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Fire decreases arthropod abundance but increases diversity: early and late season prescribed fire effects in a Sierra Nevada mixed-conifer forestAuthor(s): Scott M. Ferrenberg; Dylan W. Schwilk; Eric E. Knapp; Eric Groth; Jon E. Keeley
Source: Fire Ecology 2(2): 79-101
Publication Series: Scientific Journal (JRNL)
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DescriptionPrior to fire suppression in the 20th century, the mixed-conifer forests of the Sierra Nevada, California, U.S.A., historically burned in frequent fires that typically occurred during the late summer and early fall. Fire managers have been attempting to restore natural ecosystem processes through prescription burning, and have often favored burning during the fall in order to mimic historical fire regimes. Increasingly, however, prescription burning is also being done during the late spring and early summer in order to expand the window of opportunity for needed fuel reduction burning. The effect of prescribed fires outside of the historical fire season on forest arthropods is not known. The objective of this study was to compare the short-term effects of prescribed fires ignited in the early and late fire season on forest floor arthropods. Arthropod abundance and diversity were assessed using pitfall trapping in replicated burn units in Sequoia National Park, California. Overall, abundance of arthropods was lower in the burn treatments than in the unburned control. However, diversity tended to be greater in the burn treatments. Fire also altered the relative abundances of arthropod feeding guilds. No significant differences in arthropod community structure were found between early and late season burn treatments. Instead, changes in the arthropod community appeared to be driven largely by changes in fuel loading, vegetation, and habitat heterogeneity, all of which differed more between the burned and unburned treatments than between early and late season burn treatments.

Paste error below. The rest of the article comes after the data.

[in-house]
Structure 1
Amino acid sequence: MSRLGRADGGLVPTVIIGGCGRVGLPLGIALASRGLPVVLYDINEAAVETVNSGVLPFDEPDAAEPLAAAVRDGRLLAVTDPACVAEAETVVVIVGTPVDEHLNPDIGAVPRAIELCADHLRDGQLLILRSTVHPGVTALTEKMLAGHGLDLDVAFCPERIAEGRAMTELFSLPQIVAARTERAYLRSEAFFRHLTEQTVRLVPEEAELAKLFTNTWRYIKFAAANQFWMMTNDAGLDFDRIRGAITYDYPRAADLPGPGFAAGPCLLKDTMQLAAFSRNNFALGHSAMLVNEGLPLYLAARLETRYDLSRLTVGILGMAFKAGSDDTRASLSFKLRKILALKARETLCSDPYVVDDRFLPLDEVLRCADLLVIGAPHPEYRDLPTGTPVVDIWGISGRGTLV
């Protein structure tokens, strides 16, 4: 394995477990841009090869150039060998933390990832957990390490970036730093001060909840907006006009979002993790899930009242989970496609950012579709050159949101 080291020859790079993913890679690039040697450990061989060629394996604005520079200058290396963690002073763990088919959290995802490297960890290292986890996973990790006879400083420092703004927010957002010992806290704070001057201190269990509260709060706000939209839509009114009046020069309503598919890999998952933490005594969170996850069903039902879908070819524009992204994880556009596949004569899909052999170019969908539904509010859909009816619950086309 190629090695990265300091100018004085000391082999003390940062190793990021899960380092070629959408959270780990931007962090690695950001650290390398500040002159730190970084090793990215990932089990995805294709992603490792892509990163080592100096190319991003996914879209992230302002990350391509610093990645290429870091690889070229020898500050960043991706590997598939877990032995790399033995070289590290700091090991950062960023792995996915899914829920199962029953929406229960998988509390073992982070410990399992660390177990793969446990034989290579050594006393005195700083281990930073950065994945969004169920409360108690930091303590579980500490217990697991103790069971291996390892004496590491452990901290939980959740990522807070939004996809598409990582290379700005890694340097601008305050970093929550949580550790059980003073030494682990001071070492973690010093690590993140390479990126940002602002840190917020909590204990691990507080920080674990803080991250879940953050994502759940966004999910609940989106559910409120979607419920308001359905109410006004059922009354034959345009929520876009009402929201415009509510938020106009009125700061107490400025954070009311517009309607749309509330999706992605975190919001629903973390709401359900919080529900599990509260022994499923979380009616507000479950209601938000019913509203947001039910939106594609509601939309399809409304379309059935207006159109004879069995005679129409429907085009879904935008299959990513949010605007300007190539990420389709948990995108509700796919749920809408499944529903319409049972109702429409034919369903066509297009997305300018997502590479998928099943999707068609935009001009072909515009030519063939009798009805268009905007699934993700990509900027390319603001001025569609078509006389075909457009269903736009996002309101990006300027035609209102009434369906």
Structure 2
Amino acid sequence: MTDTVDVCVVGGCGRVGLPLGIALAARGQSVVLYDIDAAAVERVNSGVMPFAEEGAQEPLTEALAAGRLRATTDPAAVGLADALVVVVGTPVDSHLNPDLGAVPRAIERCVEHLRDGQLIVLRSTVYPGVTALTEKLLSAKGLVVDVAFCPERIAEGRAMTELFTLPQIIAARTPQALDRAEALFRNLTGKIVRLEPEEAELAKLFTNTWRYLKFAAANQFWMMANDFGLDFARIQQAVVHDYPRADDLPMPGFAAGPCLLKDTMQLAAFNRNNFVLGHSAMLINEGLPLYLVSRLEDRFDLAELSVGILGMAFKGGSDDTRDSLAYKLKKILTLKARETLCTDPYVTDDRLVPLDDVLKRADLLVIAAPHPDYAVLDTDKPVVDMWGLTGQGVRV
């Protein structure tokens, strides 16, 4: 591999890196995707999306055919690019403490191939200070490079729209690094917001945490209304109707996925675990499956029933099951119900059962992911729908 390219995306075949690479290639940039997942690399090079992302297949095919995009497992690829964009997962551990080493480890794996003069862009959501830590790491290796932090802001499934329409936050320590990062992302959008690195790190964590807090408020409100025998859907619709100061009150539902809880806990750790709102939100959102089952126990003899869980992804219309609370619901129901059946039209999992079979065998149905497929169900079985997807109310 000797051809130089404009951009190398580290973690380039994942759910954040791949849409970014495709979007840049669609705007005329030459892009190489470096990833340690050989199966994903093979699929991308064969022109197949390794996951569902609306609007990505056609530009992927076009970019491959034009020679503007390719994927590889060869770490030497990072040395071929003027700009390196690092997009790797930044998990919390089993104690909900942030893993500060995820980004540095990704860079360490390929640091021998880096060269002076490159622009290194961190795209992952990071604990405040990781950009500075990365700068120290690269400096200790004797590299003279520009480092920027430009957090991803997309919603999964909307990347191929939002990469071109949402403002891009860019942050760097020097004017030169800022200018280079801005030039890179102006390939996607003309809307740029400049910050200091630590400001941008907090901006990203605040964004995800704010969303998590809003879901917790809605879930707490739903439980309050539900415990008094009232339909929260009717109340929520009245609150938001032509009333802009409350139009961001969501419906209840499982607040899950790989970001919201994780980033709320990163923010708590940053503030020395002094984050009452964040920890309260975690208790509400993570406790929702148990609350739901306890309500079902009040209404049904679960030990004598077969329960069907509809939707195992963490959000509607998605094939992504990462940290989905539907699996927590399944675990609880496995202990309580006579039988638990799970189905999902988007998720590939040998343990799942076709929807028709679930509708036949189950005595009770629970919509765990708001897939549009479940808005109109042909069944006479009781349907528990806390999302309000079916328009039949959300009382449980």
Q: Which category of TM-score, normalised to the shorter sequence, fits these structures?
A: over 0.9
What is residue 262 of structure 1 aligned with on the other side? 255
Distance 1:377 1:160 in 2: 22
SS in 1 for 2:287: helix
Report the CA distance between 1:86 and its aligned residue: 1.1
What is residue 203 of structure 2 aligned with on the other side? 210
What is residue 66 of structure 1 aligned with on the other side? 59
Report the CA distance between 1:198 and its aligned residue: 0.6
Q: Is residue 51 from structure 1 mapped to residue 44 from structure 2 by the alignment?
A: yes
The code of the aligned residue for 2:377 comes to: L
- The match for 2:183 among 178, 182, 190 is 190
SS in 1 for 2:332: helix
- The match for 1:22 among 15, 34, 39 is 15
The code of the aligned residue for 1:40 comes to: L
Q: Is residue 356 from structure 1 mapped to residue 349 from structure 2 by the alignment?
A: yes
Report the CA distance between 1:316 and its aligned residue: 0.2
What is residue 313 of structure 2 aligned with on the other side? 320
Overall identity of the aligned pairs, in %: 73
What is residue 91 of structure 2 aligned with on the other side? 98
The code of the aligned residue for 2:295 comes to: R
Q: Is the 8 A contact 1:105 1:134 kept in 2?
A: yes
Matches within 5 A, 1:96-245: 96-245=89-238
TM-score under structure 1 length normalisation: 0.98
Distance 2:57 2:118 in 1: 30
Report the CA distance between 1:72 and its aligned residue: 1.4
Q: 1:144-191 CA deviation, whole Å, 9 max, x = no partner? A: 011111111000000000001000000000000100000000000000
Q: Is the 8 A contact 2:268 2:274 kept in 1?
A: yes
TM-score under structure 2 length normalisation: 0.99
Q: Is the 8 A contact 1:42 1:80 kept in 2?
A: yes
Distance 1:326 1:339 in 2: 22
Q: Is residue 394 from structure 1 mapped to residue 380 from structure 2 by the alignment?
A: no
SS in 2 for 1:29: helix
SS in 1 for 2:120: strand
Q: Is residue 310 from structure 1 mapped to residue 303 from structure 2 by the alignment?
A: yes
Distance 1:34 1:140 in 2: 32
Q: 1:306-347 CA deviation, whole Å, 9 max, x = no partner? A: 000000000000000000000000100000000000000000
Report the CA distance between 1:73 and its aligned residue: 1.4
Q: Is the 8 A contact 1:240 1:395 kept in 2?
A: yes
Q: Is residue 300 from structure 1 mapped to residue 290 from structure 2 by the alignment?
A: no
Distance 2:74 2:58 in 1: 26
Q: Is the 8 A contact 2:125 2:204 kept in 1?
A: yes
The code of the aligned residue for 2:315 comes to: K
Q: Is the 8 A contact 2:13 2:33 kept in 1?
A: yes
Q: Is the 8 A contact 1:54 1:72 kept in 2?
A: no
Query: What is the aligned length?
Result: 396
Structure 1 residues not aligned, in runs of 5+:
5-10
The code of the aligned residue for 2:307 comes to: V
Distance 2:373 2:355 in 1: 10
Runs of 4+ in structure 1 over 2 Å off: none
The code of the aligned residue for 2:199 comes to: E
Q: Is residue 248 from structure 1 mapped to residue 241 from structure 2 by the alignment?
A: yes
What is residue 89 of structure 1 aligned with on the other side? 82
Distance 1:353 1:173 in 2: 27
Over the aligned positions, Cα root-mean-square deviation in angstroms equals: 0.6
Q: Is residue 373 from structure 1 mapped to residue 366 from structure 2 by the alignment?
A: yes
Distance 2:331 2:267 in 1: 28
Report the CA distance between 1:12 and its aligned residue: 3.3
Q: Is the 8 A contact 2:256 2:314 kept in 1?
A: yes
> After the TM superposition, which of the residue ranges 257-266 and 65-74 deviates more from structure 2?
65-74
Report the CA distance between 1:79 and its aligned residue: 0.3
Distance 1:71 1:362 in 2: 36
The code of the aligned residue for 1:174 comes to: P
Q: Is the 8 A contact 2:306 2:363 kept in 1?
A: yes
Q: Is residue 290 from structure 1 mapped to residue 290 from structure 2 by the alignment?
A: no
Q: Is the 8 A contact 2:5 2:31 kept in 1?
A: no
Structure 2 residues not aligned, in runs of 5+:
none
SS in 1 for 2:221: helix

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CitationFerrenberg, Scott M.; Schwilk, Dylan W.; Knapp, Eric E.; Groth, Eric; Keeley, Jon E. 2006. Fire decreases arthropod abundance but increases diversity: early and late season prescribed fire effects in a Sierra Nevada mixed-conifer forest. Fire Ecology 2(2): 79-101.
KeywordsForest arthropods, community heterogeneity, prescribed fire, season of fire, Fire and Fire Surrogate Study, species richness
- Tree mortality from fire and bark beetles following early and late season prescribed fires in a Sierra Nevada mixed conifer forest
- Role of burning season on initial understory vegetation response to prescribed fire in a mixed conifer forest
- Fuel reduction and coarse woody debris dynamics with early season and late season prescribed fires in a Sierra Nevada mixed conifer forest
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